Want a building that retains its value? Invest in health and comfort

A poor indoor climate leads to an uncomfortable feeling and loss of productivity. This white paper outlines what you can do to make your building healthy and comfortable.

Do you ever drive in the evening, when it is already dark, on a motorway past large office buildings? When you do, take a look at the buildings. As it is already dark outside and the lights are on inside, you can clearly see how people are working there. What often strikes you: cardigans and sweaters hanging over chairs everywhere. That may seem unimportant, but it is not at all. That is because these cardigans and sweaters point to an indoor climate problem. One moment it's too hot in these offices, and the next it's too cold. And so the users keep a cardigan at the ready. Does that matter to you as a property owner? It certainly does, because it costs you money. Read why below.

A poor indoor climate leads to an uncomfortable feeling and a loss of productivity. Temperature plays a role, but so does air quality. Poor air quality can lead to a productivity loss of up to 10%. This is not just bad news for the tenant of your property, but certainly also for you, the owner of the property.

It makes your building less attractive to tenants so you have to charge less rent and have a greater chance of vacancy.

How do you achieve investment safety?

Fortunately, the reverse is also true. The better the indoor climate in your building, the more comfortable people feel, the higher their productivity, and the fewer days lost to illness. The more attractive the building is for tenants, the larger your market and the greater the safety of your investment. Especially if you ensure that your building is smart with a smart building management system that does much more than just create an optimum indoor climate.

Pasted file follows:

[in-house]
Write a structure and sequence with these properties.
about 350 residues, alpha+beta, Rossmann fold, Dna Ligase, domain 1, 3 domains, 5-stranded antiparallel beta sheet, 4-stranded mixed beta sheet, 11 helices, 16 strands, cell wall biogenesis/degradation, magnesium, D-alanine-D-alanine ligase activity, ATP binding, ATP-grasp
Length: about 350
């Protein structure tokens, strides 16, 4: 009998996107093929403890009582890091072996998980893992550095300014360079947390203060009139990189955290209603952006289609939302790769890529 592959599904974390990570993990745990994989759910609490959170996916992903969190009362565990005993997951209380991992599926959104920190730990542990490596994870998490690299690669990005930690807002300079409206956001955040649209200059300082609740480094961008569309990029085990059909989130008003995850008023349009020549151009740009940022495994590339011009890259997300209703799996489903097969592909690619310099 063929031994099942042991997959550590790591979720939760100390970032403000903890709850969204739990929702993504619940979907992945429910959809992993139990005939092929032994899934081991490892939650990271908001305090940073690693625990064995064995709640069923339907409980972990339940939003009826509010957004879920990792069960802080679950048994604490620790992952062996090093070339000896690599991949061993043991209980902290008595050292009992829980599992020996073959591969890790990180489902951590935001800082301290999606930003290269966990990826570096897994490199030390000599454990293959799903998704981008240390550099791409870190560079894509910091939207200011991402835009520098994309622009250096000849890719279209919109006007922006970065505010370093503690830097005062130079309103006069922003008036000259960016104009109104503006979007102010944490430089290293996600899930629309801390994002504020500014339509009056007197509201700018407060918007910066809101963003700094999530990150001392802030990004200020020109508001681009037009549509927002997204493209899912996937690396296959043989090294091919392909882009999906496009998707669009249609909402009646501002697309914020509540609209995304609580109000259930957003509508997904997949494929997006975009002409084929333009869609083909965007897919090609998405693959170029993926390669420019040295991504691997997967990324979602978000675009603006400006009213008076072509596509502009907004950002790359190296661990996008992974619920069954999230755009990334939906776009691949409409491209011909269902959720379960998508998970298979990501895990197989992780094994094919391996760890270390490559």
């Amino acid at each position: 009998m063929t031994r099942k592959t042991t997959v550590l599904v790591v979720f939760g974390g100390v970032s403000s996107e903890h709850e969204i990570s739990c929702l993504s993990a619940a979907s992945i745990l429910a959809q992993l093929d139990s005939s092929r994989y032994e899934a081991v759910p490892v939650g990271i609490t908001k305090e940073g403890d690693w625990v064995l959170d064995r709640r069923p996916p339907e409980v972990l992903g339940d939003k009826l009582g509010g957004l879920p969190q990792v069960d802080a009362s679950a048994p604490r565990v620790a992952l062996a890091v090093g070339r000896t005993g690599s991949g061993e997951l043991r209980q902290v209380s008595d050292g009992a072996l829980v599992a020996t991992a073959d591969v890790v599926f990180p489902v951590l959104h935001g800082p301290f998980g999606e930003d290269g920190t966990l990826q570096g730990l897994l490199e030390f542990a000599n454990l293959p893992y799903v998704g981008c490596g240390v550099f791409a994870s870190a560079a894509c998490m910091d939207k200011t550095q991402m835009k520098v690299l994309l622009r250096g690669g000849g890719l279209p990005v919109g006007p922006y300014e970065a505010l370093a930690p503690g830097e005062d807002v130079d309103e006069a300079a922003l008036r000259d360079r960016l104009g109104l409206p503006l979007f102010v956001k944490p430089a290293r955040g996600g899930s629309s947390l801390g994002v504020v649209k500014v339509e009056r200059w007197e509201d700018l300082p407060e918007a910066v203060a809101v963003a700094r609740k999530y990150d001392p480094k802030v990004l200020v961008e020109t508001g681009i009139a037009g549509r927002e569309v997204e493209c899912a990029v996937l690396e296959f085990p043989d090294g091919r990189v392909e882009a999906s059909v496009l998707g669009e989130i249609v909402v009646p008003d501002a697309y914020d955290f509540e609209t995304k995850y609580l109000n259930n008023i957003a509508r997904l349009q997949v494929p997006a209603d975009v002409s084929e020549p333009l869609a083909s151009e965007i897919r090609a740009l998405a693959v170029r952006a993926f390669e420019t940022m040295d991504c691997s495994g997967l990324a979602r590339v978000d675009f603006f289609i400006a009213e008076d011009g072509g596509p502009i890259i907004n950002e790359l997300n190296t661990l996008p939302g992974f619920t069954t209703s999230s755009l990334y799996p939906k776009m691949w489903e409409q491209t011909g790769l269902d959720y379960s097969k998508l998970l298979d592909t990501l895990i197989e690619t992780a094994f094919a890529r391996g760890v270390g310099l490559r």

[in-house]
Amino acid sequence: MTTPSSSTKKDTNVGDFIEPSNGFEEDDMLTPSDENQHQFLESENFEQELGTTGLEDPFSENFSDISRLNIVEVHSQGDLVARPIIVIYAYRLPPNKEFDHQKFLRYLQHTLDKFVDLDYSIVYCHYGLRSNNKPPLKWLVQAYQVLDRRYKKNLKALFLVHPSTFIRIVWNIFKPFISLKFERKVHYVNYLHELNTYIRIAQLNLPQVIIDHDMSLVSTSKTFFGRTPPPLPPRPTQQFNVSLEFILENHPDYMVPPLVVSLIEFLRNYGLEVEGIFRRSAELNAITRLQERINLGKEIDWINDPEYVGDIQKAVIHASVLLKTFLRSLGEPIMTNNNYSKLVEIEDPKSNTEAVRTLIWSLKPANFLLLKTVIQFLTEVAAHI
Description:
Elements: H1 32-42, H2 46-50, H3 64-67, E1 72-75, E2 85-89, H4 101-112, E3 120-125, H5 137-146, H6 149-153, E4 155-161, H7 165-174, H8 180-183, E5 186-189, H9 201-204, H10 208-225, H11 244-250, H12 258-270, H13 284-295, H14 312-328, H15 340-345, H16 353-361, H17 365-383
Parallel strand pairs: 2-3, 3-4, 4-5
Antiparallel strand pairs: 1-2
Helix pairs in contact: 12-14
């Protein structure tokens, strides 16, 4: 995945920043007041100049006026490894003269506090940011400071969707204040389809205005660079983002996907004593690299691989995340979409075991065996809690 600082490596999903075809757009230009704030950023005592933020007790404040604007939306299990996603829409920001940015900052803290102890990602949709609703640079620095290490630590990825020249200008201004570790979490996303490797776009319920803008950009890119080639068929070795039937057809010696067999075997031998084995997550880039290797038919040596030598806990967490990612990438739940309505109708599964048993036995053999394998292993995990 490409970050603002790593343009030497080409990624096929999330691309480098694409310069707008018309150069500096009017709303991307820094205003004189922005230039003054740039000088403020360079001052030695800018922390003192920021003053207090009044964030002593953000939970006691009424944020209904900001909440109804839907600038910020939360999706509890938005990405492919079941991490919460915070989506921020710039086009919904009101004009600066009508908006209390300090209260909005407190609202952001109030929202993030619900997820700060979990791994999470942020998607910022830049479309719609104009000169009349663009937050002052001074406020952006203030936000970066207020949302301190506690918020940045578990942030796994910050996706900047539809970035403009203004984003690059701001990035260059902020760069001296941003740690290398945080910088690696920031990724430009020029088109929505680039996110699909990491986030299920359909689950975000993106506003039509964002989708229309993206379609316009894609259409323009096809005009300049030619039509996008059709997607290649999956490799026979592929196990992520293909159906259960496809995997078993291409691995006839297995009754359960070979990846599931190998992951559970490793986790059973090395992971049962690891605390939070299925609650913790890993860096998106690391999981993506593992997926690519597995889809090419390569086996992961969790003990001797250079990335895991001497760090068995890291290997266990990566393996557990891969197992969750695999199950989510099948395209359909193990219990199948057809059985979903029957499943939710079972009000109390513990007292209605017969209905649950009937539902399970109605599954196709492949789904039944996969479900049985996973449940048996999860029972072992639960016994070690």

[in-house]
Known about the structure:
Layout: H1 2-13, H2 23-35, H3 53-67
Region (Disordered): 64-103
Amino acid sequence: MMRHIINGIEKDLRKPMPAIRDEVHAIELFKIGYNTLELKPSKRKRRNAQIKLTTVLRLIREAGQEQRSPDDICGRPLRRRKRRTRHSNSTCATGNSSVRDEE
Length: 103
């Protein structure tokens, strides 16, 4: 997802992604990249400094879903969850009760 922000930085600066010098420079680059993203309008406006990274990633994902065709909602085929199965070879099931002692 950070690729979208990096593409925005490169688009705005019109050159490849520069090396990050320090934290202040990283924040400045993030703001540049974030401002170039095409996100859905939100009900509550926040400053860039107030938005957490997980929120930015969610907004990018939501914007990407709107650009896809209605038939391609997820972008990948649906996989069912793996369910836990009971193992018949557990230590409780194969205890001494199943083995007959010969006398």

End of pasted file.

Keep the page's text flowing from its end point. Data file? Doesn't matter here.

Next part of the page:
• Think of aspects such as flexibility, so that your building remains stable in value, even if the requirements and wishes of users change and new technology makes more things possible.
  • Think of very high user-friendliness (using new technology), sustainability and energy saving, making your property even more attractive to tenants. And that is particularly important in this day and age, when employers use the building in which they are located as an argument in the 'war for talent'.
  • Think of the health of your building, which is becoming increasingly important to tenants.
  • Think of flexibility in management and maintenance, so you can keep the 'downtime' of your building and its systems to a minimum.

Easier than you probably think

We wrote a white paper outlining what you can do to make your building healthy and comfortable (and therefore attractive to tenants), while at the same time saving costs and increasing the flexibility and value retention of your property. That is certainly not complicated. In fact, it's probably easier than you think.

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